# Random quicksorted array.

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### #1 willist

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# Random quicksorted array.

Posted 18 April 2010 - 08:03 PM

Good Evening. I am working on a homework problem and I have hit a little snag. The problem has three parts. First, fill an array with 20 random values. Second, quicksort the array using a quicksort algorithm. Third, call look_up and print the result. You may prompt the user to enter a value to look up.
Okay so I have sucesfully completed the first and second part but am clueless as to how to proceed for the third step. The code is posted below. Any help would be appreciated. Regards, Willis.
```#include <stdio.h>
#define MAXIMUMARRAYSIZE 20

void quicksort(int arr[], int low, int high);

int main(void) {
int array[MAXIMUMARRAYSIZE] = {0};
int i = 0;
for(i = 0; i < MAXIMUMARRAYSIZE; i++)
array[i] = rand() % 100;
printf("Array filled with random values: ");
for(i = 0; i < MAXIMUMARRAYSIZE; i++) {
printf(" %d ", array[i]);
}
printf("\n--------------------");

quicksort(array, 0, (MAXIMUMARRAYSIZE - 1));
printf("Array sorted using quicksort algorithm: ");
for(i = 0; i < MAXIMUMARRAYSIZE; i++) {
printf(" %d ", array[i]);
}
printf("\n--------------------");
return 0;
}

void quicksort(int arr[], int low, int high) {
int i = low;
int j = high;
int y = 0;
int z = arr[(low + high) / 2];
do {
while(arr[i] < z) i++;
while(arr[j] > z) j--;
if(i <= j) {
y = arr[i];
arr[i] = arr[j];
arr[j] = y;
i++;
j--;
}
} while(i <= j);

if(low < j)
quicksort(arr, low, j);

if(i < high)
quicksort(arr, i, high);
}

```

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## Replies To: Random quicksorted array.

### #2 jjl

• Engineer

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## Re: Random quicksorted array.

Posted 18 April 2010 - 08:30 PM

what do you mean clueless? you have already done the hard part, just copy and paste the method into a void function.

look
```void look_up(int *arr)
{
int i;
printf("Array sorted using quicksort algorithm: ");
for(i = 0; i < MAXIMUMARRAYSIZE; i++)
printf(" %d ", arr[i]);

}

int main()
{
//then output
look_up(array);

```

This post has been edited by ImaSexy: 18 April 2010 - 08:36 PM

### #3 willist

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## Re: Random quicksorted array.

Posted 18 April 2010 - 08:33 PM

ImaSexy, on 18 April 2010 - 07:30 PM, said:

what do you mean clueless? you have already done the hard part, just copy and paste the method into a void function.

look
```void look_up(int *arr)
{
printf("Array sorted using quicksort algorithm: ");
for(i = 0; i < MAXIMUMARRAYSIZE; i++)
printf(" %d ", arr[i]);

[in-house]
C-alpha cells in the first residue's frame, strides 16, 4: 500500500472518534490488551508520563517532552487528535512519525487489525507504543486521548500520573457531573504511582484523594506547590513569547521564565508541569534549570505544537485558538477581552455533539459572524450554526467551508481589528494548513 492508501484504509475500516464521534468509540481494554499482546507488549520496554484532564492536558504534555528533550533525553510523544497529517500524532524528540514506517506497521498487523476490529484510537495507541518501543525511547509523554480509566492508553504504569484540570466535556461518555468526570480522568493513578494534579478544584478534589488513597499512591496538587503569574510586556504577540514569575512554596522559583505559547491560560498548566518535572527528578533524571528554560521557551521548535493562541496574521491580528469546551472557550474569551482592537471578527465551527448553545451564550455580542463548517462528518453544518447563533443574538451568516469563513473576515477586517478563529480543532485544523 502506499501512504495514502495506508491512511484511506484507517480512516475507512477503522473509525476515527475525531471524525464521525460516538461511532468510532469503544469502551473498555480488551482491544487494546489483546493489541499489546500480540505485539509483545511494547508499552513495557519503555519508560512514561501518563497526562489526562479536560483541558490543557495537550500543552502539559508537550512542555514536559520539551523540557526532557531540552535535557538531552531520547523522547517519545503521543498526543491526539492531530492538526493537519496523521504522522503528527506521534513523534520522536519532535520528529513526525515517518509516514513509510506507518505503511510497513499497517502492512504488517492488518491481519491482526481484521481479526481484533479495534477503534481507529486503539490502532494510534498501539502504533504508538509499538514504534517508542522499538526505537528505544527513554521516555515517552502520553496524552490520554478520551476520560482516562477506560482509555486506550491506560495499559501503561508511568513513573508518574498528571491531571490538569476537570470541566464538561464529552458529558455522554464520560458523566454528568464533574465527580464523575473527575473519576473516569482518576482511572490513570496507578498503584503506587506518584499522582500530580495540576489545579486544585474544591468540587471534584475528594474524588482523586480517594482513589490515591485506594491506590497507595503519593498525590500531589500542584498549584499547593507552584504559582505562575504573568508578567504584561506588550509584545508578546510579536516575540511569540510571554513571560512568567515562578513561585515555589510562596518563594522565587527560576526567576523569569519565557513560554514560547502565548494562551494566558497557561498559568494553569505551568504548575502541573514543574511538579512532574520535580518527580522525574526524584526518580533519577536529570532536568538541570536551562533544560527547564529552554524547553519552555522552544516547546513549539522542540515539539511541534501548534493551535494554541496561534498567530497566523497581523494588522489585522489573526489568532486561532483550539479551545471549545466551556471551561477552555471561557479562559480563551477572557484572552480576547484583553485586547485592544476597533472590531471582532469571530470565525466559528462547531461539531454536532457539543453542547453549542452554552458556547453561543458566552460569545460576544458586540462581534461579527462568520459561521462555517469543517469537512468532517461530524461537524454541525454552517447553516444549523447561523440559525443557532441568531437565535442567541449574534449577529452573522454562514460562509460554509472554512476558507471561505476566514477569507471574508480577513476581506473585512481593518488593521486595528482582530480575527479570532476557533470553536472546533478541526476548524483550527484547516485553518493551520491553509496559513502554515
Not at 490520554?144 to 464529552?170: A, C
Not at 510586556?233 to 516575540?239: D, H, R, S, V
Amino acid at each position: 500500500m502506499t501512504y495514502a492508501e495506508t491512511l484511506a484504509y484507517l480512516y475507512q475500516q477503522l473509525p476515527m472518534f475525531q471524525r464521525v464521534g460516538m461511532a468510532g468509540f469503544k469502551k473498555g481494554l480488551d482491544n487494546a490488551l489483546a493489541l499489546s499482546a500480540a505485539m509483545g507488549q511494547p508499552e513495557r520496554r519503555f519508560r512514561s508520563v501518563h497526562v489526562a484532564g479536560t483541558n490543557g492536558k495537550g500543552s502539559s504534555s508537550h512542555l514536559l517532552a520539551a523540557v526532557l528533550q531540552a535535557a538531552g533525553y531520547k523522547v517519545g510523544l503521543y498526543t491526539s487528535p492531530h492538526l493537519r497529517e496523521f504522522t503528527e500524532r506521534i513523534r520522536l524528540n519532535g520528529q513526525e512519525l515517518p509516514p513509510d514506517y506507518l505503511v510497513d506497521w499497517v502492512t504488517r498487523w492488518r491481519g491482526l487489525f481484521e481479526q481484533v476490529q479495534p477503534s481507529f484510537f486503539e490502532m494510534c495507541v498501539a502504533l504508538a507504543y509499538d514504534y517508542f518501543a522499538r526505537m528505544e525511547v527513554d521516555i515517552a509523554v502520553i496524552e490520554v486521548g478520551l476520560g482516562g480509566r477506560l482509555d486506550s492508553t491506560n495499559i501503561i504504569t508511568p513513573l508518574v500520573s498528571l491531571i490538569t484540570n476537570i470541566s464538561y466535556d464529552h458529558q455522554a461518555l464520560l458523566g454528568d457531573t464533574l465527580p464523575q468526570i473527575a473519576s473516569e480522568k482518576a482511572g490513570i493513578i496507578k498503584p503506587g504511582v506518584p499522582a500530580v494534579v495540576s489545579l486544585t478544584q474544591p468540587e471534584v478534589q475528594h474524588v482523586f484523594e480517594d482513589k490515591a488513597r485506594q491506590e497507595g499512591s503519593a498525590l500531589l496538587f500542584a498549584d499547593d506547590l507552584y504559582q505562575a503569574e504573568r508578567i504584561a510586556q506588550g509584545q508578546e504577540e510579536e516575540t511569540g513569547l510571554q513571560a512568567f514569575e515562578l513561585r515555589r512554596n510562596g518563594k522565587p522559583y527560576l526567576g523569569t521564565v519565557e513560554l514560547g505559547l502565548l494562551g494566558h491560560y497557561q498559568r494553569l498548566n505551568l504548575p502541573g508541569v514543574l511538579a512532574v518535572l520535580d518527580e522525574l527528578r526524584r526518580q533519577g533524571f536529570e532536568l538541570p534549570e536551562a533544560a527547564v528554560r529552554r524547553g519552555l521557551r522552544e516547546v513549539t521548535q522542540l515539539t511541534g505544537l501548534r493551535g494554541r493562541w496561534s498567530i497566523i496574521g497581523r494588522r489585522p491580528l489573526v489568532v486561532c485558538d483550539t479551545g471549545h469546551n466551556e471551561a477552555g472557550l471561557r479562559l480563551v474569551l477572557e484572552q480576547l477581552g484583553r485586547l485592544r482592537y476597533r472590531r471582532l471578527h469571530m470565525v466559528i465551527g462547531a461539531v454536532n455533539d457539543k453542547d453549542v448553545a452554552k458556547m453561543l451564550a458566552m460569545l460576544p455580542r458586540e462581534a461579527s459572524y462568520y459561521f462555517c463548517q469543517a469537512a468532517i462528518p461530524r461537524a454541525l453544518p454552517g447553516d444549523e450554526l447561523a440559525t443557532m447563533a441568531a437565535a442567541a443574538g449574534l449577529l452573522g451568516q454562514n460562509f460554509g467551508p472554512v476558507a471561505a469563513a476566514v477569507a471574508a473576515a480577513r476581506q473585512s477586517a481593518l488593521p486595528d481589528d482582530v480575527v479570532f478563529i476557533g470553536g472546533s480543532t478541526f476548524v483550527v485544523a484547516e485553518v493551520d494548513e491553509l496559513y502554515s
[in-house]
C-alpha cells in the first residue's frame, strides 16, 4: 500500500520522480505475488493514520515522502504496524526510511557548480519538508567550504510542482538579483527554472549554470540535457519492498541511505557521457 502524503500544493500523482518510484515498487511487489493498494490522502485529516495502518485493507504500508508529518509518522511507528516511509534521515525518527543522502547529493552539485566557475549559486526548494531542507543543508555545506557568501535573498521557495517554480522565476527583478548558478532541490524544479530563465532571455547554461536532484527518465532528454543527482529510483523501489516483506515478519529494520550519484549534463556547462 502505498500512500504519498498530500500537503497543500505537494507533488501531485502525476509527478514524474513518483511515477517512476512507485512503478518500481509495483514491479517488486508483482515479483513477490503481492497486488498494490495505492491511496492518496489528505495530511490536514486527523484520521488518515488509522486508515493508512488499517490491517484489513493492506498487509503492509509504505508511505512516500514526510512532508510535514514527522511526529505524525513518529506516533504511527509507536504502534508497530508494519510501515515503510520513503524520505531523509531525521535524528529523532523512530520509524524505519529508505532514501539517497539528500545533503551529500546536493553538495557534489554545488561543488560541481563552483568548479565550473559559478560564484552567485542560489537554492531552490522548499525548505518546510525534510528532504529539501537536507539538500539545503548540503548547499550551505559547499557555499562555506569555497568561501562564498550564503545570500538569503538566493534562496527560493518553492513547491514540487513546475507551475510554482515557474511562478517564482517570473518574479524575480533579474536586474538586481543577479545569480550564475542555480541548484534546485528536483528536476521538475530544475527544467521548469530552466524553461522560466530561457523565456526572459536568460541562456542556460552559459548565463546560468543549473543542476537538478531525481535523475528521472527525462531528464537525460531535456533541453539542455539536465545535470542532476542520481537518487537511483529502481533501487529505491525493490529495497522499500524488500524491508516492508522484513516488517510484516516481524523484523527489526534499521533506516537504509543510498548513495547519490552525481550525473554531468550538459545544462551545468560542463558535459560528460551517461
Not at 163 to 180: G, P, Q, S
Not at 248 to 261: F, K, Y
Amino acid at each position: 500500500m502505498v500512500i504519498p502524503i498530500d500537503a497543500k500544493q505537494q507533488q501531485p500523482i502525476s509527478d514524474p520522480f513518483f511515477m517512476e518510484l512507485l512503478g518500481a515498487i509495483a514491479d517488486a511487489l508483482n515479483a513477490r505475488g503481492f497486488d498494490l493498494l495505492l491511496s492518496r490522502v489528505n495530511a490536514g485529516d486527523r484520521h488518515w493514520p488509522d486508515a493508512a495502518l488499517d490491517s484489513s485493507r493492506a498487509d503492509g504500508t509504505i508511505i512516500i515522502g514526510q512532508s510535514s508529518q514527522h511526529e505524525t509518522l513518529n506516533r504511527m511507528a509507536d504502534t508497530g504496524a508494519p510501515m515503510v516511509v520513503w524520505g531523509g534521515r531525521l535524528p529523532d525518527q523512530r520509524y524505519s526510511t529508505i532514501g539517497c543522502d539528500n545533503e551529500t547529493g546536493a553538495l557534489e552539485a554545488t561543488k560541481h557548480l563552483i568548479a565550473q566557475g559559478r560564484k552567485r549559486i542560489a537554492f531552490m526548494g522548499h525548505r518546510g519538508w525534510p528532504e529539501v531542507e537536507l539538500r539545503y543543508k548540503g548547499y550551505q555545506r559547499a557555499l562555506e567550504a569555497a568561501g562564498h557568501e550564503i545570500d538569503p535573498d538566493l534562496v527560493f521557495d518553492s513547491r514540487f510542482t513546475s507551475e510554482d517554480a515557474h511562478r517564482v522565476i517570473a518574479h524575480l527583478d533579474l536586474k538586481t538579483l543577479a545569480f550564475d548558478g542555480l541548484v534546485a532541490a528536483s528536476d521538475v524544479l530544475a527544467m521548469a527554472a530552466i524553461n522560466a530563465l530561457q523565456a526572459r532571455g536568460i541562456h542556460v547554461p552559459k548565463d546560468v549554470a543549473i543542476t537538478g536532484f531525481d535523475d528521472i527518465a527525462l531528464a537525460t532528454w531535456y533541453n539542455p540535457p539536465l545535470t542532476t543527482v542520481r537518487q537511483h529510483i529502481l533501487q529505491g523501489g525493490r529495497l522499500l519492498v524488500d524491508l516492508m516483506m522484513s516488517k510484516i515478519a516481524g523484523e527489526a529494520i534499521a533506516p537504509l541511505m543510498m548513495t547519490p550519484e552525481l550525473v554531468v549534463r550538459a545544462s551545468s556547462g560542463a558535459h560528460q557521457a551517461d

}

int main()
{
//then output
look_up(array);

```

The only part that I don't get is how do i get it to search for a user-input value?

### #4 Oler1s

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## Re: Random quicksorted array.

Posted 18 April 2010 - 08:38 PM

If in real life, I gave you a page containing a list of numbers. Then I told you to find if the number 2 was in the list. What would you do?

### #5 jjl

• Engineer

Reputation: 1270
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## Re: Random quicksorted array.

Posted 18 April 2010 - 08:39 PM

like for a specific index?
```void look_up(int *arr, int index)
{
printf(" %d ", arr[index]);
}

```

but off topic, your code is missing headers. Also the rand() functions depends on something called a "seed" (number for random algorithm). A computer cannot just spit out a random number, it needs a seed that is always changing so the random numbers are different everytime your run the program. User srand(time(0)); to set the "seed" to the computer clock so it is always changing
```#include <stdio.h>
//neeed these
#include <stdlib.h>
#include "time.h"

#define MAXIMUMARRAYSIZE 20

void quicksort(int arr[], int low, int high);
void look_up(int *arr);

int main(void)
{
srand(time(0)); //set the seed for the rand() algorithm to the clock so it really is RANDOM
int array[MAXIMUMARRAYSIZE] = {0};
int i;
for(i = 0; i < MAXIMUMARRAYSIZE; i++)
array[i] = rand() % 100;
printf("Array filled with random values: ");
for(i = 0; i < MAXIMUMARRAYSIZE; i++) {
printf(" %d ", array[i]);
}
printf("\n--------------------");

quicksort(array, 0, (MAXIMUMARRAYSIZE - 1));
look_up(array);

printf("\n--------------------");
getchar();
return 0;
}

void look_up(int *arr, int index)
{
printf(" %d ", arr[index]);
}
void quicksort(int arr[], int low, int high)
{
int i = low;
int j = high;
int y = 0;
int z = arr[(low + high) / 2];
do {
while(arr[i] < z) i++;
while(arr[j] > z) j--;
if(i <= j) {
y = arr[i];
arr[i] = arr[j];
arr[j] = y;
i++;
j--;
}
} while(i <= j);

if(low < j)
quicksort(arr, low, j);

if(i < high)
quicksort(arr, i, high);
}

```

### #6 willist

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## Re: Random quicksorted array.

Posted 18 April 2010 - 08:46 PM

Oler1s, on 18 April 2010 - 07:38 PM, said:

If in real life, I gave you a page containing a list of numbers. Then I told you to find if the number 2 was in the list. What would you do?

I would scan the page and take note every time I found a 2?

### #7 Oler1s

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## Re: Random quicksorted array.

Posted 18 April 2010 - 08:59 PM

Quote

I would scan the page
Define scan the page. Cast voodoo magic that makes every number that is 2 glow? Or what?

### #8 willist

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## Re: Random quicksorted array.

Posted 18 April 2010 - 09:03 PM

I think maybe I posed the question wrong. This is the third step as written on the instruction...

5. (here, you may want to ask the user to enter the value for v to
look up in a),
6. call look_up(), and
7. print the result of lookup.

Oler1s, on 18 April 2010 - 07:59 PM, said:

Quote

I would scan the page
Define scan the page. Cast voodoo magic that makes every number that is 2 glow? Or what?

I wish that would make my life alot easier. Okay I would start as the beggining and scan the page line by line. Every time I saw a two I would note it's location in the array and then reference that location later if I wanted to find the number again?

This post has been edited by willist: 18 April 2010 - 09:03 PM

### #9 Oler1s

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## Re: Random quicksorted array.

Posted 18 April 2010 - 09:04 PM

When I look at those steps, I think of two perfectly valid ways to interpret them.